Opinión: Forget convenience shopping, the future’s about experience
Convenience has become a modern fixation. Retailers provide it constantly, creating new and smarter ways to make shopping easier and faster.
Hectic lifestyles and ever-present technologies have turned us into an impatient bunch, meaning there’s now an excruciatingly high expectation of what convenience should be.
But if retailers want to survive the next wave of the retail evolution, shopping experiences can’t just get easier.
Convenience no longer holds enough weight to differentiate or define good bricks-and-mortar shopping experiences.
Retailers now know that retail no longer exists simply to sell products. Getting people to ‘go shopping’ with your brand by providing fun, interactive and galvanising experiences in store is the best way for retailers to find meaningful differentiation today.
They know that the better the experience, the more likely it is that people will spend time and money with them. It means that new retail isn’t fast retail at all – it has to become slow.
“Convenience no longer holds enough weight to differentiate or define good bricks-and-mortar shopping experiences”
Kevin Gill, Start
We’ve identified this as the difference between ‘doing shopping’ and ‘going shopping’. ‘Going shopping’ presents a different set of attitudes to ‘doing shopping’ for consumers.
As people become increasingly time-poor they are looking for new, ever more exciting, immersive in-store experiences that can be a satisfying way to spend leisure time.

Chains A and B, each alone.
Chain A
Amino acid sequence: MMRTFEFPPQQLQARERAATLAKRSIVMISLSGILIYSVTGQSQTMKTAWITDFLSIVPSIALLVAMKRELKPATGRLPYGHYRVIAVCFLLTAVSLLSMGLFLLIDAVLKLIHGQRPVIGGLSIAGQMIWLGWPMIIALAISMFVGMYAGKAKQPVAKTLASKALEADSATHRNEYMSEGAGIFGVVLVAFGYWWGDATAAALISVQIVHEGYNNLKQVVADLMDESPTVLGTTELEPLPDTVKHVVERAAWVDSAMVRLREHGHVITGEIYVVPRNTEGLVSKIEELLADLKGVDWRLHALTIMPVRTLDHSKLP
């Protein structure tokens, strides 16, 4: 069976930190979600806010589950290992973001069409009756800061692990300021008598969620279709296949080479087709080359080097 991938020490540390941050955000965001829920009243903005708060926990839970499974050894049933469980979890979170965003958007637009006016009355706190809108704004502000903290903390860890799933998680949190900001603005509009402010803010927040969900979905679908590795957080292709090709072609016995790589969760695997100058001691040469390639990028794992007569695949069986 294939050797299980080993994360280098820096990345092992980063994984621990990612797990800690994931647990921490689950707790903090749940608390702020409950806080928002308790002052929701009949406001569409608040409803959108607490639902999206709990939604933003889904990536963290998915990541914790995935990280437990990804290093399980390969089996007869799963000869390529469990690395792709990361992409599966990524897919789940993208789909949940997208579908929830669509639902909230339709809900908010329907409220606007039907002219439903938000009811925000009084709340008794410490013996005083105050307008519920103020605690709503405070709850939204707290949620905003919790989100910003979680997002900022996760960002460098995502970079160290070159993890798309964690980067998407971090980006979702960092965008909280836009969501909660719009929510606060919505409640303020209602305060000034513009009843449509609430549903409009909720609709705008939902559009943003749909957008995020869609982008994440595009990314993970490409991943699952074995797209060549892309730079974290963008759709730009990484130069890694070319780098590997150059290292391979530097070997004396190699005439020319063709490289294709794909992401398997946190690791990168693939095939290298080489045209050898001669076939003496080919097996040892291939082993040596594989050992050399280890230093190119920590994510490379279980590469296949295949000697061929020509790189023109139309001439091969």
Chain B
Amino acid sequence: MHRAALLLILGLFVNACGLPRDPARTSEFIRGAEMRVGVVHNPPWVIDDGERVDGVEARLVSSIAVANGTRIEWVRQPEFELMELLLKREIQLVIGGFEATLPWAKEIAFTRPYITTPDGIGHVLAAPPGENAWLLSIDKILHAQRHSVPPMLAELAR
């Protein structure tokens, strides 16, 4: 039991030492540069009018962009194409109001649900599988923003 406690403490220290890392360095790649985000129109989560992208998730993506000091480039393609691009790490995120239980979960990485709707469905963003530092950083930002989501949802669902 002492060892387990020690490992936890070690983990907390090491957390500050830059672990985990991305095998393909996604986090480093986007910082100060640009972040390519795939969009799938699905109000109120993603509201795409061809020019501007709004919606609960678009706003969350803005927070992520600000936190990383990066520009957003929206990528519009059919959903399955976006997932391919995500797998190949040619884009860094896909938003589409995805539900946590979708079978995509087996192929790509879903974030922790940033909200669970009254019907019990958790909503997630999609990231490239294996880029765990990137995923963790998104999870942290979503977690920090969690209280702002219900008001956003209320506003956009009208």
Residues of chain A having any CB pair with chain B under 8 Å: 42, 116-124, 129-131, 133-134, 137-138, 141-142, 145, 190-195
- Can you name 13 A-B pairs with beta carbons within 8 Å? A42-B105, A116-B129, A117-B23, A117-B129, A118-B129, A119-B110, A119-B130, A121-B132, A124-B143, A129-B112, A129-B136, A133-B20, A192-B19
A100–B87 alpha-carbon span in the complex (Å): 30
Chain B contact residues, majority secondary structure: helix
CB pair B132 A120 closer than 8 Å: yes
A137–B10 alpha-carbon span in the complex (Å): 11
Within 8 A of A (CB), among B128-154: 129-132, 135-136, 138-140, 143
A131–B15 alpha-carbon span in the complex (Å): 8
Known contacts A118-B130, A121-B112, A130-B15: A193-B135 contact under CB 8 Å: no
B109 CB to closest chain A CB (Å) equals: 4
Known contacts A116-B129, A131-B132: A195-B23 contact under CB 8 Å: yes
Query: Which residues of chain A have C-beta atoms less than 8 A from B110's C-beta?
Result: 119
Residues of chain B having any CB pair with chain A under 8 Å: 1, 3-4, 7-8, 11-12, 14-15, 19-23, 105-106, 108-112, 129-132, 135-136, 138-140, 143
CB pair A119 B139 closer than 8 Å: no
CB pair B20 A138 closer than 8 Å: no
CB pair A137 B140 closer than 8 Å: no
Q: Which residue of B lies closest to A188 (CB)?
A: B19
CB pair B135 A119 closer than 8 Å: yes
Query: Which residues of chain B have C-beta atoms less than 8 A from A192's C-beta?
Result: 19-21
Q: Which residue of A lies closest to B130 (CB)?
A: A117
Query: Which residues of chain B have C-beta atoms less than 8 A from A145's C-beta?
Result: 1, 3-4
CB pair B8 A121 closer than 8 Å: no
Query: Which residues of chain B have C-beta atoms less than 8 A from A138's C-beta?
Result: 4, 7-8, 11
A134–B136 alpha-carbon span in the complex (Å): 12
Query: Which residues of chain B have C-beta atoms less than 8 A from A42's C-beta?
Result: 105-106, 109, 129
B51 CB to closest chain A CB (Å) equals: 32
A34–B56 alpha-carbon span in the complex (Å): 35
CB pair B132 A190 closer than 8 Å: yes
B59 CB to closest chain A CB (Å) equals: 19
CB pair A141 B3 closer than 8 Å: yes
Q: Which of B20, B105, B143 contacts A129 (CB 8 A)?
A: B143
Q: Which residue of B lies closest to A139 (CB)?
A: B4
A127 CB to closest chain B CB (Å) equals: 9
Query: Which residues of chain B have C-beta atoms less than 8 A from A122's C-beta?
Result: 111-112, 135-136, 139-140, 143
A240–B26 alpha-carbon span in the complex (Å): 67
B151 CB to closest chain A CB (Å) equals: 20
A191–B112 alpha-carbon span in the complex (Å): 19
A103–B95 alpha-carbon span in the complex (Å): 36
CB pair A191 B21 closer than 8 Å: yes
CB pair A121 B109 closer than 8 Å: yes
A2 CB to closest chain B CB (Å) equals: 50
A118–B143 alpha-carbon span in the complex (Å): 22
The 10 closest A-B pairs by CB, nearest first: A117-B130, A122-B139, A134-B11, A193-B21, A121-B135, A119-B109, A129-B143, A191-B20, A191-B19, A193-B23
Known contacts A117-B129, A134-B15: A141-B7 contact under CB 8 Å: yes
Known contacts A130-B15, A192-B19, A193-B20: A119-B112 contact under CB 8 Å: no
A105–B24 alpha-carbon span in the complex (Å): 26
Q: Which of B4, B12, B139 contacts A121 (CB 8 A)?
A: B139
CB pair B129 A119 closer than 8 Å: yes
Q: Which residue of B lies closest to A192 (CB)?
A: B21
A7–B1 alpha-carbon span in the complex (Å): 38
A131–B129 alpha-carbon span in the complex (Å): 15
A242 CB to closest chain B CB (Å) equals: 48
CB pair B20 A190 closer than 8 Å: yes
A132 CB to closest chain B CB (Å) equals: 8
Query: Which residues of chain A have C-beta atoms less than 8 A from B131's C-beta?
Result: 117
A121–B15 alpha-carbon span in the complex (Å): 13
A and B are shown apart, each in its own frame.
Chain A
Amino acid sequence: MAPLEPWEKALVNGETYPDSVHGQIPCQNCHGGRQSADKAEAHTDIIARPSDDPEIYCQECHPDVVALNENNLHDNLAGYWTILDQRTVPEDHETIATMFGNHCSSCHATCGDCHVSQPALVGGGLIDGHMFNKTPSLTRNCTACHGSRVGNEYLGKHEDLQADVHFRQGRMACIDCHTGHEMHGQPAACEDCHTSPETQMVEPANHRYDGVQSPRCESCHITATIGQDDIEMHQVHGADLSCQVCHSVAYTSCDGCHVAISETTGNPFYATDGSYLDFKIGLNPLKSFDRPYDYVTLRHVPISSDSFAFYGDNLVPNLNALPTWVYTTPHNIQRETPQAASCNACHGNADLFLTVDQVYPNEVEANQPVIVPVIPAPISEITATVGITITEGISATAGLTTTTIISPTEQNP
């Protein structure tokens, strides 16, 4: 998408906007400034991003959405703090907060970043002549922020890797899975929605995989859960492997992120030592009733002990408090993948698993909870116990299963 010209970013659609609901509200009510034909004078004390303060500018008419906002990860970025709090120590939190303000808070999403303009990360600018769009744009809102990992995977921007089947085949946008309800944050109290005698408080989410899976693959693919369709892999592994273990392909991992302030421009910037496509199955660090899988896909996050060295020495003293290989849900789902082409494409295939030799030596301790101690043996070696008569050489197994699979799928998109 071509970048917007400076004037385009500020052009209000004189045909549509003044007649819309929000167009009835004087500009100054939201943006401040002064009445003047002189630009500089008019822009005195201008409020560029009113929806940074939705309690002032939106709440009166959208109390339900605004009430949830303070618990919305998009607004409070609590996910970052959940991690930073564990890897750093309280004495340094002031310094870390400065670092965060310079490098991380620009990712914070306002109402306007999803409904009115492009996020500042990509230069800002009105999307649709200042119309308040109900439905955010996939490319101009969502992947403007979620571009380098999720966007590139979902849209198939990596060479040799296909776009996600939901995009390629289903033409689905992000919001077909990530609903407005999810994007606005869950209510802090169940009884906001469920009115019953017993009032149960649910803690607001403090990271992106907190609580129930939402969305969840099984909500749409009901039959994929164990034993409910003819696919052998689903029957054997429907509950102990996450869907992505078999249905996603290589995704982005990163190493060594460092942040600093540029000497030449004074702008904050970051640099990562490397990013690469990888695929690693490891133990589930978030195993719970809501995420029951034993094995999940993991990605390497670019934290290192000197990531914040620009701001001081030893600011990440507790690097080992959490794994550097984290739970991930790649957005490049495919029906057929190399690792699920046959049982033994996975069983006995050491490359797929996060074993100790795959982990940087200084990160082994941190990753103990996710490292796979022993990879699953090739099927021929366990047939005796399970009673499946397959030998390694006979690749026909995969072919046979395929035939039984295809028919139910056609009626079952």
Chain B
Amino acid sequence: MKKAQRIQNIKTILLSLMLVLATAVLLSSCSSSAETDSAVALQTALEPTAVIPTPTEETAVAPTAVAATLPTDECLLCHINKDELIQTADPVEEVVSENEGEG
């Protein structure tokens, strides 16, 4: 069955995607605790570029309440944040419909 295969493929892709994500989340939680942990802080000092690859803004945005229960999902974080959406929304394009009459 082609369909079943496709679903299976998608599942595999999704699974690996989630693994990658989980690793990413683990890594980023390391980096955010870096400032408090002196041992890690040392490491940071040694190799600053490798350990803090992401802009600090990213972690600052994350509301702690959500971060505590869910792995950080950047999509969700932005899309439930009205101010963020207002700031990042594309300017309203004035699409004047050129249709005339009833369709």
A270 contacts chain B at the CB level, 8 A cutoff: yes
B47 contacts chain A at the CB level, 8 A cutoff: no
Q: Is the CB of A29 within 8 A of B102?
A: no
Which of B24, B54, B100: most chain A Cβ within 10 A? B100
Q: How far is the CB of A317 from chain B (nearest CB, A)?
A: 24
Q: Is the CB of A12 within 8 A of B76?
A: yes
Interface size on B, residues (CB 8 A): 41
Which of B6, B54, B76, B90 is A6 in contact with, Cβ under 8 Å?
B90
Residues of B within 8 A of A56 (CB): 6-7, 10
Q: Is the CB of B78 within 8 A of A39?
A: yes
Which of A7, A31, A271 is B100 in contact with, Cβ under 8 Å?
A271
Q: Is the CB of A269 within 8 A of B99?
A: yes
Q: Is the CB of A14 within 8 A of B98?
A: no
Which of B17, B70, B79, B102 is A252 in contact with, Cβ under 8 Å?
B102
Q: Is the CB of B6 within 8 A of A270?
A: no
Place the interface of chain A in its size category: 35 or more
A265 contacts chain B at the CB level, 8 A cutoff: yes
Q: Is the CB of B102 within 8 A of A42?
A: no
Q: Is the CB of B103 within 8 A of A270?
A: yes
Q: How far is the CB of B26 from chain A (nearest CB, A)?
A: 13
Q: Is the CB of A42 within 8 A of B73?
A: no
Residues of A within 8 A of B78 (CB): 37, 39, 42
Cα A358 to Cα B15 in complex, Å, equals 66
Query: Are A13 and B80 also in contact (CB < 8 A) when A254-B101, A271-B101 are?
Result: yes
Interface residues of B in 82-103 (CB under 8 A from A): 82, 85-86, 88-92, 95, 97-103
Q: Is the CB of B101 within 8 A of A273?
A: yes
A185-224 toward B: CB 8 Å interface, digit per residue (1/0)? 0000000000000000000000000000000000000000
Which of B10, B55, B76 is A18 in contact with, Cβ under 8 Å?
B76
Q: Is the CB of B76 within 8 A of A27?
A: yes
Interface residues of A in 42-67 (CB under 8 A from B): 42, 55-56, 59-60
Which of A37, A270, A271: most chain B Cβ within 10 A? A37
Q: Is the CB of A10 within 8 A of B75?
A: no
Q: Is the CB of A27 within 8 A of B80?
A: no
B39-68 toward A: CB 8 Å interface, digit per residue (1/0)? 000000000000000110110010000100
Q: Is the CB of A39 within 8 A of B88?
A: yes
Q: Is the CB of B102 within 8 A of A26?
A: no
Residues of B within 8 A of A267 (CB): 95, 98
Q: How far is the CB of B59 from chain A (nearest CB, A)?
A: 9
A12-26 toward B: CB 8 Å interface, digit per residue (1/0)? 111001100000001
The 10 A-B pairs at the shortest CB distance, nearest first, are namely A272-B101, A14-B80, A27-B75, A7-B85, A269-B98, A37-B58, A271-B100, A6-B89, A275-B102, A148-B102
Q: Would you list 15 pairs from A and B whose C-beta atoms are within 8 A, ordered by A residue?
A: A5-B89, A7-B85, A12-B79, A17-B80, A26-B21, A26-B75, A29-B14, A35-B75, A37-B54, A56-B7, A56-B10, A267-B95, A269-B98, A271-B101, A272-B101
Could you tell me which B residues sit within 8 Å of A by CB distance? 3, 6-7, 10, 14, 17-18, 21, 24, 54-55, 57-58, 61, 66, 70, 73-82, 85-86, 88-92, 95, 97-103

Many of us now value the quality of a new experience more than the ownership of yet another ‘thing’.
Disposable incomes are also rising, making us feel more secure about spending on non-essentials and driving growth in the leisure market.
Stores therefore have to become leisure destinations in their own right, and many already are.
‘Going shopping’ indicates that retail and leisure are becoming increasingly indistinct in the eyes of consumers. Shopping needs to compete with other leisure activities in our lives.
“Entertainment, education, social interaction – retailers need to deliver an engaging experience that people can’t get elsewhere”
Kevin Gill, Start
Entertainment, education, social interaction – retailers need to deliver an engaging experience that people can’t get elsewhere.
So the pressure is building for brands to create a retail experience that’s a destination in its own right – one that’s coherent with the more indulgent way we want to spend our free time.
Think of Airbnb giving experience-hungry millennials access to thousands of unique holidays. Or Secret Cinema, turning a regular trip to the movies into a cinematic, pop-up extravaganza.
Retail brands must tap into these desires, rather than focus solely on how convenient things can be, and deliver exciting spaces that reward the effort people make to visit them.
Bringing an in-store experience to life needs to be at the heart of every brand’s strategy.
We know that in the minds of millions, shopping will always come down to two things: convenience and leisure.
The big test now is, how to make ‘doing shopping’ even more convenient, and ‘going shopping’ even more enjoyable within one tech-rich retail space. Because, let’s face it, if a retailer is not creating and innovating, then it’s not differentiating – and soon it’ll be closing.
Source: Retail Week
Kevin Gill is the UK chief executive of marketing agency Start
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